2. Designate your health care wishes. How should medical decisions be made for you in the event of an accident or illness where you are incapable of communicating? Without the appropriate legal papers, your family will attempt to make the decisions that you would want. But do they know all your wishes? You should protect your health care decisions by appointing someone with a Health Care Power of Attorney. This designates the person who will make your decisions. They are bound to make the decisions that you want, not what they think is best. You should also execute a Health Care Directive (sometimes called a Living Will). This document attempts to set forth your wishes for different medical scenarios, particularly your wishes with regard to terminal illnesses. Your health care provider will be bound to act according to this document.
3. Select the correct insurance beneficiaries. Do you have a life insurance policy or retirement plan? Who are your beneficiaries? If “your estate” is listed as the beneficiary, your heirs could be in for a surprise when you pass away. Life insurance and retirement plans automatically pay the designated beneficiary when the policy holder dies. To make sure your family or other heirs get the benefits, you should designate them by name as the beneficiaries. If your estate gets paid directly, the true beneficiaries could be in for a long wait before they can be paid anything. And your creditors might claim the money before anyone else can be paid. Be sure to name the right beneficiaries.
4. Be properly and sufficiently insured. Property insurance isn’t just for homeowners. Even if you rent, you need insurance protection. Homeowner’s or renter’s insurance primarily covers against loss to your property due to damage or theft. But it can also be important if you’re ever sued.When guests come onto your property, you legally take on a certain amount of liability for their safety. If a guest is injured while on your property, you could be held responsible. Fortunately, the typical property insurance policy provides some protection for you. Guest medical coverage will pay for your guest’s medical bills as well as liability coverage for pain and suffering in event of a personal injury claim or suit. For the cost of a renter’s insurance policy (at most $15/month), you can’t afford to neglect this coverage.Also make sure you have adequate limits on auto liability $500,000 is well worth the extra dollars in cost. Also ensure you have adequate uninsured/underinsured coverage in the same amount. If you have an older car and have collision and comprehensive coverage, you are wasting money, cancel it. You may also want to consider umbrella coverage of up to 1 mill. to give overall protection to your assets.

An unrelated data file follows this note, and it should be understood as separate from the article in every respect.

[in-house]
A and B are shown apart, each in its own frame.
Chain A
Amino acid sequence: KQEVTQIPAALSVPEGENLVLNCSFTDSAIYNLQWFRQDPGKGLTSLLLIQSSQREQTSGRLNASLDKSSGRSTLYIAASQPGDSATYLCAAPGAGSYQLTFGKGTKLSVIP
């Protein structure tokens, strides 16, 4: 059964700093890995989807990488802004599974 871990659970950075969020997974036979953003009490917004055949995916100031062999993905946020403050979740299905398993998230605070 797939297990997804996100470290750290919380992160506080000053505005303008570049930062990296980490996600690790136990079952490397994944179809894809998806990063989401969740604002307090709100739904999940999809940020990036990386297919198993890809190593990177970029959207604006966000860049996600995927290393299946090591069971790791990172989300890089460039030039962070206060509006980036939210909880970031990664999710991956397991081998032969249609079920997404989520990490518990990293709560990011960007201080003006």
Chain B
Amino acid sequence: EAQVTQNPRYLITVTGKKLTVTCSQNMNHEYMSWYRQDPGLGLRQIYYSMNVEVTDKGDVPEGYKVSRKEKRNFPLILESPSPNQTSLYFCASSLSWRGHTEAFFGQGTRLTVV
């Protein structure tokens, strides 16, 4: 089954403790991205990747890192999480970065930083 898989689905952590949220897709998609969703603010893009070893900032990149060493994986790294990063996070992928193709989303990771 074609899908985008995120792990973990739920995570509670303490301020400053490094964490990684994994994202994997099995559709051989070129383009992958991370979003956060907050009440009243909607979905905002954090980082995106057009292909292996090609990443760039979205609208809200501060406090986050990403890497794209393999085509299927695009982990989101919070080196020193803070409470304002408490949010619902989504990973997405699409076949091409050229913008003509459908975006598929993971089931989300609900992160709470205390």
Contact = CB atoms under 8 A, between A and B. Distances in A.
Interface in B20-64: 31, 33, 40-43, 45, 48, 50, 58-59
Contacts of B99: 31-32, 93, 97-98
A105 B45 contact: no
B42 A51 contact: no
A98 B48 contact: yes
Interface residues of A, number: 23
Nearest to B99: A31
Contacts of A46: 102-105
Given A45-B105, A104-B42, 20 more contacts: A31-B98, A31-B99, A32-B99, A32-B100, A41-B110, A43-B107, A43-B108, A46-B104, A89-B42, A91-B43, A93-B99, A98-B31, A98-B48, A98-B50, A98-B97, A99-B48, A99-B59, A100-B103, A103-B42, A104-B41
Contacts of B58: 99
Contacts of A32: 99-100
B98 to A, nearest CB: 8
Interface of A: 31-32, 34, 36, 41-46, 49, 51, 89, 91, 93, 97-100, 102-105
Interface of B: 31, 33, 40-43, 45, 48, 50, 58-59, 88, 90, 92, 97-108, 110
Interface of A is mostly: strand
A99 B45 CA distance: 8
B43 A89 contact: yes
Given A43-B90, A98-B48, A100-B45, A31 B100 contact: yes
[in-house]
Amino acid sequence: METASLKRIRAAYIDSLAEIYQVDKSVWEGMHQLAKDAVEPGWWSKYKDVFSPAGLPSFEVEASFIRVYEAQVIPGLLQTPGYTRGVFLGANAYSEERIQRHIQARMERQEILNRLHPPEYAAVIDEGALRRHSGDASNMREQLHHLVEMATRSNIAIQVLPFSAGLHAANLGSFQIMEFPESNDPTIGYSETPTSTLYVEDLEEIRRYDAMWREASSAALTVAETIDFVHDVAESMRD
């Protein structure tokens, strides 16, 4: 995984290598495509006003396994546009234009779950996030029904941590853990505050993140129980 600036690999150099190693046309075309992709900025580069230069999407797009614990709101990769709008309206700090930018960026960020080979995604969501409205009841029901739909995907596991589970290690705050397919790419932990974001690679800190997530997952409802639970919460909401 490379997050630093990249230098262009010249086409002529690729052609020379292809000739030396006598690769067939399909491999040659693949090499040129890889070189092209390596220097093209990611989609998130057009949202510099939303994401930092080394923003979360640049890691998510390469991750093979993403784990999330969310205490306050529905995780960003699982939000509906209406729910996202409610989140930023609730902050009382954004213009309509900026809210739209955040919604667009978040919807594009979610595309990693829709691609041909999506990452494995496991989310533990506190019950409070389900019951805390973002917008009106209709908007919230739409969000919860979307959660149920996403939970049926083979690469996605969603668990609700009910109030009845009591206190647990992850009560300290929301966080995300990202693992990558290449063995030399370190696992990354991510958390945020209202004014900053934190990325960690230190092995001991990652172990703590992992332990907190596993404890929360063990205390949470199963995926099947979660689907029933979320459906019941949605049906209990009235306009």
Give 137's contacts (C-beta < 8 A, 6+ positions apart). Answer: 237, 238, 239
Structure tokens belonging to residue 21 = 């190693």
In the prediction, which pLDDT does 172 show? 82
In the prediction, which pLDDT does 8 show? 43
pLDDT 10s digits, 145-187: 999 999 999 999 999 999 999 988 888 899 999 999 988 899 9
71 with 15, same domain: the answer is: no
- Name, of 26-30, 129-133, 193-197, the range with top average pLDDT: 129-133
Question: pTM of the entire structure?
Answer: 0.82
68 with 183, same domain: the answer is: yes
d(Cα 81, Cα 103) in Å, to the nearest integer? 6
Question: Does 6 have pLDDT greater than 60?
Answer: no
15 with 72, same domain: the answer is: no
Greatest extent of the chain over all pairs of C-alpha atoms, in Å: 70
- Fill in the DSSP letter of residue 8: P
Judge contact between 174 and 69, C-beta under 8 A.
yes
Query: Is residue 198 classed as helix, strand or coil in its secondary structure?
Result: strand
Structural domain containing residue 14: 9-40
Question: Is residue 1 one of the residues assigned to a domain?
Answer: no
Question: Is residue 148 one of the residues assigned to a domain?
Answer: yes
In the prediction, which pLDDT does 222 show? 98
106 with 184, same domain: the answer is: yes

5. Separate your business. If you run your own business, you should consider a limited liability business entity or S Corp. Running a sole proprietorship is simple, but it exposes you and your family to certain risks and liabilities. Creditors and people you could possibly wrong can seek a cause of action against you personally. Your sole proprietor business could be putting the family home at risk. To solve this problem, you can easily setup a basic corporation or a limited liability company (LLC). Then when you sign contracts and incur business debts, you are only putting the business at risk. It’s important to run the business properly to maintain your liability shield.
(Such as having proper meetings with minutes kept, separate bank accounts, etc.) Without a formal business entity, you have no hope of limiting your personal liability. Your CPA can advise you in this regard as well.
In 2008, the Utah Legislature adopted the Utah Advance Health Care Directive Act. This was intended, among other things, to standardize the many variations of “Living Wills.”
This four (4) page form is designed to take the place of a Health Care Power of Attorney as well as a Living Will (or otherwise known as Health Care Directive). In addition, this standardized form provides for an individual’s wishes for guardian nomination(s), organ donation, and access to medical records.
A wealth of information regarding the Advance Health Care Directive is available on the website created by the Utah Council of Aging, which can be found here.
A person may want to consult with their physician as questions arise as they fill out this form. Most important, individuals should plan to discuss the options they decide upon with their families and loved ones.
For statspecific downloads for Advance Health Care Directives other than Utah, this link is helpful: http://bit.ly/jYWBrl
Please contact LeBaron Law Offices at 801-756-6288 for additional information or questions regarding this or other estate planning needs.